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Letter to the Editor
9 (
4
); 343-344
doi:
10.4103/JLP.JLP_52_17

Estimated glomerular filtration rate and urine albumin-to-creatinine ratio are renal markers associated with risks of cardiovascular diseases

Department of Biochemistry, Consultant Biochemist, Central Lab, AMRI Hospitals, Bhubaneswar, Odisha, India. E-mail:
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Disclaimer:
This article was originally published by Medknow Publications & Media Pvt Ltd and was migrated to Scientific Scholar after the change of Publisher.

Sir,

With great interest, we have read article published in your journal in January–March 2017 issue. Urine Albumin Excretion (UAE) as a Marker of Acute Glycemic Changes in Isolated Postprandial Hyperglycemia.[1] The article definitely enlightens about measuring UAE which is relatively easy, less expensive, widely available and done on spot urine samples. In this context, we would like to suggest that using urinary albumin to creatinine ratio (UACR) in spot sample should be performed for measuring albumin excretion in urine.

Urinary excretion of albumin indicates kidney damage and is recognized as a risk factor for the progression of kidney disease and cardiovascular disease. The role of urinary albumin measurements has focused attention on the clinical need for accurate and clearly reported results. Historically, albuminuria has been defined in terms of urinary excretion of albumin per unit time, typically 24 h. The difficulty of collecting 24-h urine samples has led to surrogate measurements of albumin excretion rate. A commonly used surrogate is the ratio of urinary concentrations of albumin and creatinine ratio (ACR).[2]

According to the “The National Kidney Foundation–Kidney Disease Outcomes Quality Initiative guideline for evaluation, classification, and stratification of chronic kidney disease (CKD)” recommends urinary ACR in spot urine samples as the preferred measure rather than urine protein or albumin. The rationale for this recommendation is that ACR is a more sensitive and specific measure of kidney damage.[3]

CKD is diagnosed by the presence of elevated urinary albumin excretion (albuminuria), low estimated glomerular filtration rate (eGFR), or other manifestations of kidney damage. Screening for albuminuria can be most easily performed by UACR in a random spot urine collection. Timed or 24-h collections are more burdensome and add little to prediction or accuracy. The measurement of a spot urine sample for albumin alone (whether by immunoassay or using a sensitive dipstick test specific for albuminuria) without simultaneously measuring urine creatinine (Cr) is less expensive but susceptible to false-negative and false-positive determinations as a result of variation in urine concentration due to hydration. Normal UACR is generally defined as <30 mg/g Cr, and increased urinary albumin excretion is defined as ≥30 mg/g Cr. However, UACR is a continuous measurement, and differences within the normal and abnormal ranges are associated with renal and cardiovascular outcomes. Furthermore, because of biological variability in urinary albumin excretion, two of three specimens of UACR collected within a 3–6-month period should be abnormal before considering a patient to have albuminuria. Exercise within 24 h, infection, fever, congestive heart failure, marked hyperglycemia, menstruation, and marked hypertension may elevate UACR independently of kidney damage. eGFR should be calculated from serum Cr using a validated formula. The CKD Epidemiology Collaboration equation is generally preferred. [Figure 1] Urinary albumin excretion and eGFR each vary within people over time, and abnormal results should be confirmed to stage CKD.[4]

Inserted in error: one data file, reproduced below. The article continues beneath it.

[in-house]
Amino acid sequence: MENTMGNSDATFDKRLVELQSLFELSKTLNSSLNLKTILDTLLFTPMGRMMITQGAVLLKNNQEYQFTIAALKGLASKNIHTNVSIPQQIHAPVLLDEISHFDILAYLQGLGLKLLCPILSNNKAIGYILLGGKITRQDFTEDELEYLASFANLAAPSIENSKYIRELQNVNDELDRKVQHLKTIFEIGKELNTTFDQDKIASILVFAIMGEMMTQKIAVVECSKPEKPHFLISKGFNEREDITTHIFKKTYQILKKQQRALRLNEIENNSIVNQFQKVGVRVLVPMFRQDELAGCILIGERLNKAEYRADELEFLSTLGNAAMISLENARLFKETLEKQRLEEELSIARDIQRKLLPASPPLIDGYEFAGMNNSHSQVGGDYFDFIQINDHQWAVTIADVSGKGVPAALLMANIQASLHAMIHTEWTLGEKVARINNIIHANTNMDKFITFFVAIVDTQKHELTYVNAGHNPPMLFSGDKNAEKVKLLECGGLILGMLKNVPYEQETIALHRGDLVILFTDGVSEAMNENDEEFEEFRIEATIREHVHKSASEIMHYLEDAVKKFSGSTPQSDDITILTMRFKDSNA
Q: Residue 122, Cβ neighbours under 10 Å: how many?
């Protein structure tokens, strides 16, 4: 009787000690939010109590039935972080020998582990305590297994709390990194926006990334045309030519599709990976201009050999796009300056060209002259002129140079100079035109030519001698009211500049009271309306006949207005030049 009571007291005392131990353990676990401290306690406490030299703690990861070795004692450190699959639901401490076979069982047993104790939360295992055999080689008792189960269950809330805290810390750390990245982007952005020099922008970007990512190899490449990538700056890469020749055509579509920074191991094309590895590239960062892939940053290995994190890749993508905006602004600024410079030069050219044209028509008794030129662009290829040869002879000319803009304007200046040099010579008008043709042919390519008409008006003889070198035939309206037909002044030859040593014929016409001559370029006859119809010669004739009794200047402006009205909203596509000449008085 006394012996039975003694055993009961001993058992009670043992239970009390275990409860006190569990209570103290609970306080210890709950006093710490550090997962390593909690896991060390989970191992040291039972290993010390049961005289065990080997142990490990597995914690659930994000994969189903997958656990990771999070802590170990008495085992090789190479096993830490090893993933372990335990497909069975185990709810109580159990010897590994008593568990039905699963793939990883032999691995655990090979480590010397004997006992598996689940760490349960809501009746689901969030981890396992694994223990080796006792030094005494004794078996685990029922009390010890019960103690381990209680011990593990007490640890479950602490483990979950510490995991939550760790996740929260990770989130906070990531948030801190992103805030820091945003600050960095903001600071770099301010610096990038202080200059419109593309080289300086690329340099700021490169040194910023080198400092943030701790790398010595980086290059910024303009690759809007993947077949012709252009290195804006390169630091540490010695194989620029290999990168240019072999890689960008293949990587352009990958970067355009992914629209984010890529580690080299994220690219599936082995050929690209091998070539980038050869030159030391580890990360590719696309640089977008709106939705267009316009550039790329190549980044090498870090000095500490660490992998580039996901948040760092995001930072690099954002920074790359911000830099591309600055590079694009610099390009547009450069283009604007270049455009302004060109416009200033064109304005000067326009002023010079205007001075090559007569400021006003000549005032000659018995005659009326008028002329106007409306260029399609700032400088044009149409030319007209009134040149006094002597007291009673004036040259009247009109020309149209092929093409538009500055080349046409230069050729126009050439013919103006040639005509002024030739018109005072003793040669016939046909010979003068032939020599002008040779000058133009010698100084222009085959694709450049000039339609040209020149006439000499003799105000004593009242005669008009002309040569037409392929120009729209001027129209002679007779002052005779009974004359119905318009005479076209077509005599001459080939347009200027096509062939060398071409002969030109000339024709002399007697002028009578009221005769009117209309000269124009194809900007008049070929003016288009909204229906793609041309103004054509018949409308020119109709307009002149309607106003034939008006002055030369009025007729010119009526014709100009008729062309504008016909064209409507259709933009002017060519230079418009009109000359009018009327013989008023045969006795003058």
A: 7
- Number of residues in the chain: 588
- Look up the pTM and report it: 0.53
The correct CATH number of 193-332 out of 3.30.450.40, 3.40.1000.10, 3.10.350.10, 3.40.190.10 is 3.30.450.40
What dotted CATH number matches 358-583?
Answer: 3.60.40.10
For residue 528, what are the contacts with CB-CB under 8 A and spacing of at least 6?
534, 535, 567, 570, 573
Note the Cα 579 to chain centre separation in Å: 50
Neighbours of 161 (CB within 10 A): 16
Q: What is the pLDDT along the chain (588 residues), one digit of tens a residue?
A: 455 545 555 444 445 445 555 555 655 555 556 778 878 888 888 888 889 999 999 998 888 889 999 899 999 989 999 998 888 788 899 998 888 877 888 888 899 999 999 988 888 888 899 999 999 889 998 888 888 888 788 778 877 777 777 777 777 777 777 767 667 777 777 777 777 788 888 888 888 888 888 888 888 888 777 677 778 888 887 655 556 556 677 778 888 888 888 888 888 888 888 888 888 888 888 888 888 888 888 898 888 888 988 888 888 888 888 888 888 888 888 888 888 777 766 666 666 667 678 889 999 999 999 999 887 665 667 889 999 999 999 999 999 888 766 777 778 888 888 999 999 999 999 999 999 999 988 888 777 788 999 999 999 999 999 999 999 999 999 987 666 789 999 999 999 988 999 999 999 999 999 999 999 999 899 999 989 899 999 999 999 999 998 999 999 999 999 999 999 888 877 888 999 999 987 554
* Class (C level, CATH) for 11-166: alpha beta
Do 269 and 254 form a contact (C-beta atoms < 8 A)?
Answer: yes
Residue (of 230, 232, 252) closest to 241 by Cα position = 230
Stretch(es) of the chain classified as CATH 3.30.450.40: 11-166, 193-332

Figure 1
Kidney disease: Improving global outcomes (KDIGO) 2012 Guidelines

Combining eGFR and UACR level was more accurate in predicting the risk of CVD and all-cause mortality. Serum creatinine (eGFR) and urinary ACR should be regularly monitored in diabetic patients. The early intervention to halt or even reverse the progression reduces the risk of CVD and all-cause mortality.[5]

As evidences and guidelines suggest role of eGFR and UACR as renal markers. Clinicians and laboratory Physicians should use these markers appropriately for the benefit of patients. The National Kidney Foundation recommends using the CKD-EPI Creatinine Equation (2009) to estimate GFR. Albumin to creatinine ratio in spot urine sample is used as surrogate marker to estimate albuminuria.

Financial support and sponsorship

Nil.

Conflicts of interest

There are no conflicts of interest.

References

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